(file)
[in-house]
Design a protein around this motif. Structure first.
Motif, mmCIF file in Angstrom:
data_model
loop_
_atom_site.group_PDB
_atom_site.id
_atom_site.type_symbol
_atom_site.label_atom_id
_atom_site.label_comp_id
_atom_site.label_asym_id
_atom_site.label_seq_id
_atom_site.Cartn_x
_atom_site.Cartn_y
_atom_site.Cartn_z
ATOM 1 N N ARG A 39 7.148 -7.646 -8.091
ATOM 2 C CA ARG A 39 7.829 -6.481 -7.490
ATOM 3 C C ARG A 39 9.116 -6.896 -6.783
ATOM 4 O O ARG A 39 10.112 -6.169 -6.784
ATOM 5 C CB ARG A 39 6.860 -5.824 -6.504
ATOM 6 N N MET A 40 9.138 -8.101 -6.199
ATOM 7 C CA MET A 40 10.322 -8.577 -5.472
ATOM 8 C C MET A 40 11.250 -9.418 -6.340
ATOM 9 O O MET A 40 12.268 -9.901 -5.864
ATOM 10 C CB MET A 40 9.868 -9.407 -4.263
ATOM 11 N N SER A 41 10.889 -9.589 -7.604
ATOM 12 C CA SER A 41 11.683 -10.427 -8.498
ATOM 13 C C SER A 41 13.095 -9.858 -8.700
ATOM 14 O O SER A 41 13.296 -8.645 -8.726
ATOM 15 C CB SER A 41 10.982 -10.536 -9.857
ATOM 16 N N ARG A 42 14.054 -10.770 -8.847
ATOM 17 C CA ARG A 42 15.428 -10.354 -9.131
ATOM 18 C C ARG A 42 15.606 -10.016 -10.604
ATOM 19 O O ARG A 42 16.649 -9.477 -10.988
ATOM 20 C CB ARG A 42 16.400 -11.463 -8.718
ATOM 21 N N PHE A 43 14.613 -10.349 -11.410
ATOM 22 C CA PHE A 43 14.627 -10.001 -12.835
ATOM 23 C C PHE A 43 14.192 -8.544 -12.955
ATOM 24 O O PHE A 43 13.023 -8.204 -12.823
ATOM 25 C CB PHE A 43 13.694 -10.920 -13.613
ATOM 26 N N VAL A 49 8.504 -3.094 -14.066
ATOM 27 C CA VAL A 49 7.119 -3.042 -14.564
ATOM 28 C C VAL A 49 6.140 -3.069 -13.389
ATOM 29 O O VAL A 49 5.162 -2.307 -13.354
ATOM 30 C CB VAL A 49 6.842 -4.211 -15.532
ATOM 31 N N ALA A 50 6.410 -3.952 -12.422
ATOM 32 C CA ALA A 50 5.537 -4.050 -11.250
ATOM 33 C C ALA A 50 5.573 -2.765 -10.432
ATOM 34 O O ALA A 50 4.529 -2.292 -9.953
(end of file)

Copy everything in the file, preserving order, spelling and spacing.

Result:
[in-house]
Design a protein around this motif. Structure first.
Motif, mmCIF file in Angstrom:
data_model
loop_
_atom_site.group_PDB
_atom_site.id
_atom_site.type_symbol
_atom_site.label_atom_id
_atom_site.label_comp_id
_atom_site.label_asym_id
_atom_site.label_seq_id
_atom_site.Cartn_x
_atom_site.Cartn_y
_atom_site.Cartn_z
ATOM 1 N N ARG A 39 7.148 -7.646 -8.091
ATOM 2 C CA ARG A 39 7.829 -6.481 -7.490
ATOM 3 C C ARG A 39 9.116 -6.896 -6.783
ATOM 4 O O ARG A 39 10.112 -6.169 -6.784
ATOM 5 C CB ARG A 39 6.860 -5.824 -6.504
ATOM 6 N N MET A 40 9.138 -8.101 -6.199
ATOM 7 C CA MET A 40 10.322 -8.577 -5.472
ATOM 8 C C MET A 40 11.250 -9.418 -6.340
ATOM 9 O O MET A 40 12.268 -9.901 -5.864
ATOM 10 C CB MET A 40 9.868 -9.407 -4.263
ATOM 11 N N SER A 41 10.889 -9.589 -7.604
ATOM 12 C CA SER A 41 11.683 -10.427 -8.498
ATOM 13 C C SER A 41 13.095 -9.858 -8.700
ATOM 14 O O SER A 41 13.296 -8.645 -8.726
ATOM 15 C CB SER A 41 10.982 -10.536 -9.857
ATOM 16 N N ARG A 42 14.054 -10.770 -8.847
ATOM 17 C CA ARG A 42 15.428 -10.354 -9.131
ATOM 18 C C ARG A 42 15.606 -10.016 -10.604
ATOM 19 O O ARG A 42 16.649 -9.477 -10.988
ATOM 20 C CB ARG A 42 16.400 -11.463 -8.718
ATOM 21 N N PHE A 43 14.613 -10.349 -11.410
ATOM 22 C CA PHE A 43 14.627 -10.001 -12.835
ATOM 23 C C PHE A 43 14.192 -8.544 -12.955
ATOM 24 O O PHE A 43 13.023 -8.204 -12.823
ATOM 25 C CB PHE A 43 13.694 -10.920 -13.613
ATOM 26 N N VAL A 49 8.504 -3.094 -14.066
ATOM 27 C CA VAL A 49 7.119 -3.042 -14.564
ATOM 28 C C VAL A 49 6.140 -3.069 -13.389
ATOM 29 O O VAL A 49 5.162 -2.307 -13.354
ATOM 30 C CB VAL A 49 6.842 -4.211 -15.532
ATOM 31 N N ALA A 50 6.410 -3.952 -12.422
ATOM 32 C CA ALA A 50 5.537 -4.050 -11.250
ATOM 33 C C ALA A 50 5.573 -2.765 -10.432
ATOM 34 O O ALA A 50 4.529 -2.292 -9.953